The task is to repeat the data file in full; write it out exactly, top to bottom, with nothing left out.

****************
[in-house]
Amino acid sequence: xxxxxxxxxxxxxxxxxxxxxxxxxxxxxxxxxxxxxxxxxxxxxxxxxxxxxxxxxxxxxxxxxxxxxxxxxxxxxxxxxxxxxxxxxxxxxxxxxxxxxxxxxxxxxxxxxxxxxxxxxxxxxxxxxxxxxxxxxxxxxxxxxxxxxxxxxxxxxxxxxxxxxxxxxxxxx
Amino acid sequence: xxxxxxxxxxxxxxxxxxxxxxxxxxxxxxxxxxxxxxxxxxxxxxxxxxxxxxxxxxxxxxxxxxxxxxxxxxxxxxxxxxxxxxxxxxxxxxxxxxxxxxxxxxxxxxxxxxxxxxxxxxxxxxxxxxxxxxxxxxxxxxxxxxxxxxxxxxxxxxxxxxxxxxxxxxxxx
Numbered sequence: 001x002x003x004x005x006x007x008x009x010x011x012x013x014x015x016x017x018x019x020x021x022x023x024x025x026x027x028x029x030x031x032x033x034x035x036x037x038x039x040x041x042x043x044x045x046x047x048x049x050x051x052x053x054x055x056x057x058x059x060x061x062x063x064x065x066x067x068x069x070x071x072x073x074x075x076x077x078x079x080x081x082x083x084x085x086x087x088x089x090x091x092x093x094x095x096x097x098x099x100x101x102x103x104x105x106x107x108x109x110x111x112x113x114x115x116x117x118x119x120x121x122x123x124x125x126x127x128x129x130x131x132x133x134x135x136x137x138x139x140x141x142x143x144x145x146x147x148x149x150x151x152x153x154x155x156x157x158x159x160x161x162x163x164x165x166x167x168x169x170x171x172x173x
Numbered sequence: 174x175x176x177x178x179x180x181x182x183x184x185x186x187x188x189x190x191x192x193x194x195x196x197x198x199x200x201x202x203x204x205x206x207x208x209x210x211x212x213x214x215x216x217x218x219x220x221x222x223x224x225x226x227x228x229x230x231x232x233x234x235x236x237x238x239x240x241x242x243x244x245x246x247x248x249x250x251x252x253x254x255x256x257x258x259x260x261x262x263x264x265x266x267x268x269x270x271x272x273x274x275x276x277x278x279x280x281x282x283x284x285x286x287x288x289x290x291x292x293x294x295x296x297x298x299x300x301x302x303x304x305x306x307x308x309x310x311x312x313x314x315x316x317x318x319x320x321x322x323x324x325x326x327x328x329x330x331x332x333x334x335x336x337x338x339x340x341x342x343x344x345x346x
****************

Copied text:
[in-house]
Amino acid sequence: xxxxxxxxxxxxxxxxxxxxxxxxxxxxxxxxxxxxxxxxxxxxxxxxxxxxxxxxxxxxxxxxxxxxxxxxxxxxxxxxxxxxxxxxxxxxxxxxxxxxxxxxxxxxxxxxxxxxxxxxxxxxxxxxxxxxxxxxxxxxxxxxxxxxxxxxxxxxxxxxxxxxxxxxxxxxx
Amino acid sequence: xxxxxxxxxxxxxxxxxxxxxxxxxxxxxxxxxxxxxxxxxxxxxxxxxxxxxxxxxxxxxxxxxxxxxxxxxxxxxxxxxxxxxxxxxxxxxxxxxxxxxxxxxxxxxxxxxxxxxxxxxxxxxxxxxxxxxxxxxxxxxxxxxxxxxxxxxxxxxxxxxxxxxxxxxxxxx
Numbered sequence: 001x002x003x004x005x006x007x008x009x010x011x012x013x014x015x016x017x018x019x020x021x022x023x024x025x026x027x028x029x030x031x032x033x034x035x036x037x038x039x040x041x042x043x044x045x046x047x048x049x050x051x052x053x054x055x056x057x058x059x060x061x062x063x064x065x066x067x068x069x070x071x072x073x074x075x076x077x078x079x080x081x082x083x084x085x086x087x088x089x090x091x092x093x094x095x096x097x098x099x100x101x102x103x104x105x106x107x108x109x110x111x112x113x114x115x116x117x118x119x120x121x122x123x124x125x126x127x128x129x130x131x132x133x134x135x136x137x138x139x140x141x142x143x144x145x146x147x148x149x150x151x152x153x154x155x156x157x158x159x160x161x162x163x164x165x166x167x168x169x170x171x172x173x
Numbered sequence: 174x175x176x177x178x179x180x181x182x183x184x185x186x187x188x189x190x191x192x193x194x195x196x197x198x199x200x201x202x203x204x205x206x207x208x209x210x211x212x213x214x215x216x217x218x219x220x221x222x223x224x225x226x227x228x229x230x231x232x233x234x235x236x237x238x239x240x241x242x243x244x245x246x247x248x249x250x251x252x253x254x255x256x257x258x259x260x261x262x263x264x265x266x267x268x269x270x271x272x273x274x275x276x277x278x279x280x281x282x283x284x285x286x287x288x289x290x291x292x293x294x295x296x297x298x299x300x301x302x303x304x305x306x307x308x309x310x311x312x313x314x315x316x317x318x319x320x321x322x323x324x325x326x327x328x329x330x331x332x333x334x335x336x337x338x339x340x341x342x343x344x345x346x